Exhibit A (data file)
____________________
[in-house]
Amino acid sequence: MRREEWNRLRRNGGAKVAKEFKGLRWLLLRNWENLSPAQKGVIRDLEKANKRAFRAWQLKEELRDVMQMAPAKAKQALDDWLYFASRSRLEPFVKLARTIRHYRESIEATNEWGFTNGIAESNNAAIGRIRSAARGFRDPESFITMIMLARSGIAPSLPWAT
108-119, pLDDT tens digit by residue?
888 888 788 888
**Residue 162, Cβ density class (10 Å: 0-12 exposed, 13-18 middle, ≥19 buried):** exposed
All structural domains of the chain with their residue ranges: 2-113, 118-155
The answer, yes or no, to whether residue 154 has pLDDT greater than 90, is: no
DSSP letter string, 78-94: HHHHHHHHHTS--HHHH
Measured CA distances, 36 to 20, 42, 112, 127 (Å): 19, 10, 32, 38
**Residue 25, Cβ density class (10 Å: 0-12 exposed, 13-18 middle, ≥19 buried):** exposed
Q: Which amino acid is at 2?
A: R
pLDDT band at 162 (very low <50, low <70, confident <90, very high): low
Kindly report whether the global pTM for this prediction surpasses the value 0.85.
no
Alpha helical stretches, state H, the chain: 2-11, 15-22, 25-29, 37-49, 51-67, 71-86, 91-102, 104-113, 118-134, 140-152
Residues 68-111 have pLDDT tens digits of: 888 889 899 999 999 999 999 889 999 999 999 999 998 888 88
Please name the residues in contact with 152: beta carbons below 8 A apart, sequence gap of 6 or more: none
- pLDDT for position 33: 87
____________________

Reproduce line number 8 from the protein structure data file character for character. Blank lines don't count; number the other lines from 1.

DSSP letter string, 78-94: HHHHHHHHHTS--HHHH